A man who recruited his parents and a group of his friends to kill a love rival has been jailed for life.
Daniel Grogan, 20, was “consumed with hatred and jealousy” of Jay Sewell, 18, after finding out he was seeing his ex-girlfriend, the Old Bailey heard.
Mr Sewell was attacked by a group of people in Lee, south-east London, on 11 December 2018.
Grogan was sentenced to life with a minimum term of 21 years having previously been found guilty of murder.
The court was told Grogan deliberately engineered a stand-off with Mr Sewell and his ex-girlfriend Gemma Hodder near to his family home.
Ms Hodder, 18, had driven her partner and some of their friends from Kent to see Grogan when they were set upon by a group armed with knives, hammers, a 4ft (1.2m) fireman’s axe and wooden sticks.
Mr Sewell was fatally attacked through the car window while his friend Charlie Pamphlett was stabbed in the back but survived, jurors were told.
Judge Wendy Joseph QC said Grogan “desired only revenge on Gemma and Jay” and had been driven by “self serving anger beyond logic”.
The 20-year-old was also jailed for five years for wounding with intent and three-and-a-half years for violent disorder, with the sentences to be served concurrently.
Other members of Grogan’s family and friends also received jail sentences for their parts in the killing:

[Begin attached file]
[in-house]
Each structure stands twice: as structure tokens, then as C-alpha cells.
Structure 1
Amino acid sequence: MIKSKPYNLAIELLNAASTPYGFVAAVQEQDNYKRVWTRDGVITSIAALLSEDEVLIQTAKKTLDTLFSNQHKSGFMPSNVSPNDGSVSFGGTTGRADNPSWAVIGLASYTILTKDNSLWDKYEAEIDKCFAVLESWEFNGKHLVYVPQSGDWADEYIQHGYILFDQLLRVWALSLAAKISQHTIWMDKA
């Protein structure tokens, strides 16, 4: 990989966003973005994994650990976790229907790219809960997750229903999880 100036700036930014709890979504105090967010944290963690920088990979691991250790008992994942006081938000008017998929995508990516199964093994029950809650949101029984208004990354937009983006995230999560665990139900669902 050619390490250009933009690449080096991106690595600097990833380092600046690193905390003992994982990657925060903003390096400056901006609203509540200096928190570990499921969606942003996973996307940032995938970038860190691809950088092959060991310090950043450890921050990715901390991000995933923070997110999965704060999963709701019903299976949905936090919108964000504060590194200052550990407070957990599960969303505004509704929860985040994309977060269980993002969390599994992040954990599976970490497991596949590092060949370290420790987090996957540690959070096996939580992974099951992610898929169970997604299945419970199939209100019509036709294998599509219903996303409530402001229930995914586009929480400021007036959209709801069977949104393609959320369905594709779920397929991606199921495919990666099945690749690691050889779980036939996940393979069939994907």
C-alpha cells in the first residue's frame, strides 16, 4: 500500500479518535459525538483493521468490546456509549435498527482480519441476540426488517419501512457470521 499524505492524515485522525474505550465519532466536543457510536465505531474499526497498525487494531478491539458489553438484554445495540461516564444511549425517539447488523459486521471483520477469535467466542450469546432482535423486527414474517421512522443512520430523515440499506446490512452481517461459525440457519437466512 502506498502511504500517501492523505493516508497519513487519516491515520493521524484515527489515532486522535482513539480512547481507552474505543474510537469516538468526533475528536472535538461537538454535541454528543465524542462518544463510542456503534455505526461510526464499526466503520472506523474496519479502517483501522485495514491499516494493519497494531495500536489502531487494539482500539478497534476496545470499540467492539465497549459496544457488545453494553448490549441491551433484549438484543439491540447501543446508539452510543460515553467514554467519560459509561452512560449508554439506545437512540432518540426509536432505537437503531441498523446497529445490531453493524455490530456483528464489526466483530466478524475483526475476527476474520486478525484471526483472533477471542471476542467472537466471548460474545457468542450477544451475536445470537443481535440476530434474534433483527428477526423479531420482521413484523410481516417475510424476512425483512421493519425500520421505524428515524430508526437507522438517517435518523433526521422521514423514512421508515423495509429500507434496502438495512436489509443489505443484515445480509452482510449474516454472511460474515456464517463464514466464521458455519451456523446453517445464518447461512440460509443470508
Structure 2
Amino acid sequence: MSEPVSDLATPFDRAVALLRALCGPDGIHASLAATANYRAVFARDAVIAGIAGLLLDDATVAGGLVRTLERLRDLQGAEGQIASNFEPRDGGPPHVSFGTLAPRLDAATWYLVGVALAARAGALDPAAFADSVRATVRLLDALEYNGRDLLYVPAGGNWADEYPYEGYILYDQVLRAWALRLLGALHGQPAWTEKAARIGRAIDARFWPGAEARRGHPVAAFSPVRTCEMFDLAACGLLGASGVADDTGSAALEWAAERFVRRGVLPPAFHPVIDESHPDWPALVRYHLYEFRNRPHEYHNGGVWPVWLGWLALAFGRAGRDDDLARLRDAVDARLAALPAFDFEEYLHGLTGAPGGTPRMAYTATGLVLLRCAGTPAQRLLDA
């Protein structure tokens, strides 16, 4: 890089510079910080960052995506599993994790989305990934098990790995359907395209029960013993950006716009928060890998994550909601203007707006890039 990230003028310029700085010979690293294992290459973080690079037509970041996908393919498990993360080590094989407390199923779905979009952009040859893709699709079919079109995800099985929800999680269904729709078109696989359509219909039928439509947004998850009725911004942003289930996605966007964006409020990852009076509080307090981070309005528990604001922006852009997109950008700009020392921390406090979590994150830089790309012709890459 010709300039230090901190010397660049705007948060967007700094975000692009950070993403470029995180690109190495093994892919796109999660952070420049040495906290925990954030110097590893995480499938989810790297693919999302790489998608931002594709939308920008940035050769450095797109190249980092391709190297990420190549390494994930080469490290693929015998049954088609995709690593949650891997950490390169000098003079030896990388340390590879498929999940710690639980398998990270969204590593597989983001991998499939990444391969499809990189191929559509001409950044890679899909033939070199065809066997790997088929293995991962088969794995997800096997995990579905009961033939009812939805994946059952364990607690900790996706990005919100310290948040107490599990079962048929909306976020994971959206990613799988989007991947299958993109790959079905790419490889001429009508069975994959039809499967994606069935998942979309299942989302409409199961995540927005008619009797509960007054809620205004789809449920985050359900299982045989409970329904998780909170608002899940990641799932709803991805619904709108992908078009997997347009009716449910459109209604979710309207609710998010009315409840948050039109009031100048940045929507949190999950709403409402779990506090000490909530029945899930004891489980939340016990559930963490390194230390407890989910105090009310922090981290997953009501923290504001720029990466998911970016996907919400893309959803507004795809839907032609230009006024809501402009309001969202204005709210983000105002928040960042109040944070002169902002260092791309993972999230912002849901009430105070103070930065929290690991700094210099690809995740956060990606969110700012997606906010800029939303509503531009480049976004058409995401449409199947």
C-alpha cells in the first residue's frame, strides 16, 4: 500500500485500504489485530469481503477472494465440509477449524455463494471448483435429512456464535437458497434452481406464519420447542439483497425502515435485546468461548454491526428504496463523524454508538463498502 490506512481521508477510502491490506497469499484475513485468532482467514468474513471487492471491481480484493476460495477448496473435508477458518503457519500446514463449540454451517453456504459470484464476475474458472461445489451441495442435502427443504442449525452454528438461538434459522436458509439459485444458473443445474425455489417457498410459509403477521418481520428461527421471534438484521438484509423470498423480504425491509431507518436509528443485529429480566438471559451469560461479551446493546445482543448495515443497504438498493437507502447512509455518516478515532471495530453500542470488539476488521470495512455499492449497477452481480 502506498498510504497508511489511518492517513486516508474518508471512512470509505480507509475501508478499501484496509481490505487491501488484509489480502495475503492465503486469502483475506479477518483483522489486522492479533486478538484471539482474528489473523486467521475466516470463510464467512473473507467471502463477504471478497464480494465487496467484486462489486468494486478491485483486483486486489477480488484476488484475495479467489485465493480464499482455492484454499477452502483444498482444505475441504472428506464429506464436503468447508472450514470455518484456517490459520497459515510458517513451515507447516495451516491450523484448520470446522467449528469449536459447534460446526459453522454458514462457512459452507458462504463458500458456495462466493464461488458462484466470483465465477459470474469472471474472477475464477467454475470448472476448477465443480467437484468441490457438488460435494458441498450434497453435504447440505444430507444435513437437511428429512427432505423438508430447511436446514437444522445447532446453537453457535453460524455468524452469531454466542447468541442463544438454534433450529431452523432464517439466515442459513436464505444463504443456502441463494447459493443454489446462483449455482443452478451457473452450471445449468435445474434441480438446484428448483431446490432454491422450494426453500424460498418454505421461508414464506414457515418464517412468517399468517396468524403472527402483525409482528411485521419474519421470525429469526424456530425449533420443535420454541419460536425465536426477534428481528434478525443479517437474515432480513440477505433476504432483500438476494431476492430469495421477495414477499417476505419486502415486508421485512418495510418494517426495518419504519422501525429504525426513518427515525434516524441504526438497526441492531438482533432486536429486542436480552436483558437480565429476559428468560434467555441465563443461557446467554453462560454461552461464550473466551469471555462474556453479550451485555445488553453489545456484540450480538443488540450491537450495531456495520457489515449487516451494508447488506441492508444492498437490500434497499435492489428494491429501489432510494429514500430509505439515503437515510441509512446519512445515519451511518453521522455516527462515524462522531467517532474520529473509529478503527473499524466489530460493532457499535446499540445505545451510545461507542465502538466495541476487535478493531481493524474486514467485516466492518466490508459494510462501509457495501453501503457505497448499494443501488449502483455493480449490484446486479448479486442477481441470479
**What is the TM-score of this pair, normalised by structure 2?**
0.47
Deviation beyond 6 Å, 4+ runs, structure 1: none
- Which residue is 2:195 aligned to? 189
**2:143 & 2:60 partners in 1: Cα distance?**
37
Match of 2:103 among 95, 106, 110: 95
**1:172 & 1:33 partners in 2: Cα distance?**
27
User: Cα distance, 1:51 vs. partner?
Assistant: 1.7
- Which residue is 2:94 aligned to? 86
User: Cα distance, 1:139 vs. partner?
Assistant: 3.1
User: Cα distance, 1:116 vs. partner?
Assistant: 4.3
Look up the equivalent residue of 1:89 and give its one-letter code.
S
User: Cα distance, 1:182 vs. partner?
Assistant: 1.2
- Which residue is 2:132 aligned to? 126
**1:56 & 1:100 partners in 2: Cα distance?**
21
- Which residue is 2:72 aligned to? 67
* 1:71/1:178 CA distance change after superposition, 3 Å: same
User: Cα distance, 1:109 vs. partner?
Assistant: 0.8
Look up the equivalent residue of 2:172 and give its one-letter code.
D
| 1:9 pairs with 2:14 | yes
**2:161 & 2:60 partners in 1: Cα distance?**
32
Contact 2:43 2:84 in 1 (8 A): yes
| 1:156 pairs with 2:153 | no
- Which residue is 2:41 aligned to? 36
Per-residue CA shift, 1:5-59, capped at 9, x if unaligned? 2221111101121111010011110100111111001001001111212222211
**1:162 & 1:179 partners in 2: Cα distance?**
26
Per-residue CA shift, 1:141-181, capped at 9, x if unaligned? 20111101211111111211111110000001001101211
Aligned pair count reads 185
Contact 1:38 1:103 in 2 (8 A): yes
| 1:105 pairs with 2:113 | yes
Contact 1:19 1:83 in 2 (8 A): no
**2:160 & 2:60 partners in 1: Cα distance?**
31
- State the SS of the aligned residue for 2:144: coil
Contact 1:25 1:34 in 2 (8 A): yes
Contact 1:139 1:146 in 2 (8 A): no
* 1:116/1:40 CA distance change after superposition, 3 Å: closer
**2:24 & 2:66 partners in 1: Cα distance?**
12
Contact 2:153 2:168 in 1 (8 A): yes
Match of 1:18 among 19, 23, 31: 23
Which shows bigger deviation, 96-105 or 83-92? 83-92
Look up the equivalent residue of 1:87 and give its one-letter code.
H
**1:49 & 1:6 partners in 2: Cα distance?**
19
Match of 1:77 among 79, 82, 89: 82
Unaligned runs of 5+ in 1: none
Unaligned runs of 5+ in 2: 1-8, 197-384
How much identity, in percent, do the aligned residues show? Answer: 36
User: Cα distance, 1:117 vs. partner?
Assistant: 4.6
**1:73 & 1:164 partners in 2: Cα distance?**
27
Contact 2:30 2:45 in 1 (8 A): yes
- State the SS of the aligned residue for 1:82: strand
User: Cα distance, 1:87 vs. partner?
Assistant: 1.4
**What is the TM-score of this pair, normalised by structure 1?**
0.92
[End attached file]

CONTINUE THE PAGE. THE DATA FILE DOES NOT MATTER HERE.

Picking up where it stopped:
- Grogan’s 58-year-old father Robert, who had armed himself with an axe, was sentenced to 14.5 years for manslaughter, six years for wounding with intent and three-and-a-half years for violent disorder
- His 55-year-old mother Ann was sentenced to seven-and-a-half years for manslaughter and three-and-a-half years for violent disorder to be served concurrently
- His friend and neighbour Charlie Dudley, 26, of Grove Park, was jailed for 16 years for manslaughter, six-and-a-half years for wounding with intent and three-and-a-half years for violent disorder, to be served concurrently
- His cousin Liam Hickey, 19, of Eltham, was sentenced to three years detention in a Young Offenders Institution for wounding with intent and two years for violent disorder, to be served concurrently
In an impact statement read in court, Mr Sewell’s mother Sharon Louch said there was “no sentence this court or any other can pass which can come close to healing the pain or make up for not being able to look at my Jay’s face or hear him laugh”.
“Jay you were a blessing and made us proud from the day you came to us until the moment you were taken,” she said.
Others were previously sentenced over the attack:
- Francesca Grogan, 30, of Sibthorpe Road, was jailed for 12 months for violent disorder
- Jamie Bennett, 32, of Sibthorpe Road, was sentenced to 20 months in prison for violent disorder
- A 17-year-old boy, who cannot be named, was handed a nine-month rehabilitation order and a supervision order for violent disorder.
Police have been given more time to question four men arrested on suspicion of committing terrorism offences.